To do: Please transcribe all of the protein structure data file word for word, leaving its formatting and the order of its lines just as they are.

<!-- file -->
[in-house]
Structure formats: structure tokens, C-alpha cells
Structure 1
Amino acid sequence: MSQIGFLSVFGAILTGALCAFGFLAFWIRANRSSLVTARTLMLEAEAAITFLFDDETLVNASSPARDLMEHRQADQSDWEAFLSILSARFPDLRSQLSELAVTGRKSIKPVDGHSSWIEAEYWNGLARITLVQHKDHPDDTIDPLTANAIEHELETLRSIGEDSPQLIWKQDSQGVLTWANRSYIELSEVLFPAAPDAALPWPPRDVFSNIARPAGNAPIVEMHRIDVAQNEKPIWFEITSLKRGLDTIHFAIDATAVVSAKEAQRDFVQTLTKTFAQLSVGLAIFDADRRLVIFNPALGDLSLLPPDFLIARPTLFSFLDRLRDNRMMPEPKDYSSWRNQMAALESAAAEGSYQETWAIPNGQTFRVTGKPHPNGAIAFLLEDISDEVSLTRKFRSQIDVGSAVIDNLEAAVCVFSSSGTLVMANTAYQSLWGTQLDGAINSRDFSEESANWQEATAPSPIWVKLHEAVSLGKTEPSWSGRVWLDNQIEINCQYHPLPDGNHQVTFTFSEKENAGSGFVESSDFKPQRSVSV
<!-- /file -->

[in-house]
Structure formats: structure tokens, C-alpha cells
Structure 1
Amino acid sequence: MSQIGFLSVFGAILTGALCAFGFLAFWIRANRSSLVTARTLMLEAEAAITFLFDDETLVNASSPARDLMEHRQADQSDWEAFLSILSARFPDLRSQLSELAVTGRKSIKPVDGHSSWIEAEYWNGLARITLVQHKDHPDDTIDPLTANAIEHELETLRSIGEDSPQLIWKQDSQGVLTWANRSYIELSEVLFPAAPDAALPWPPRDVFSNIARPAGNAPIVEMHRIDVAQNEKPIWFEITSLKRGLDTIHFAIDATAVVSAKEAQRDFVQTLTKTFAQLSVGLAIFDADRRLVIFNPALGDLSLLPPDFLIARPTLFSFLDRLRDNRMMPEPKDYSSWRNQMAALESAAAEGSYQETWAIPNGQTFRVTGKPHPNGAIAFLLEDISDEVSLTRKFRSQIDVGSAVIDNLEAAVCVFSSSGTLVMANTAYQSLWGTQLDGAINSRDFSEESANWQEATAPSPIWVKLHEAVSLGKTEPSWSGRVWLDNQIEINCQYHPLPDGNHQVTFTFSEKENAGSGFVESSDFKPQRSVSV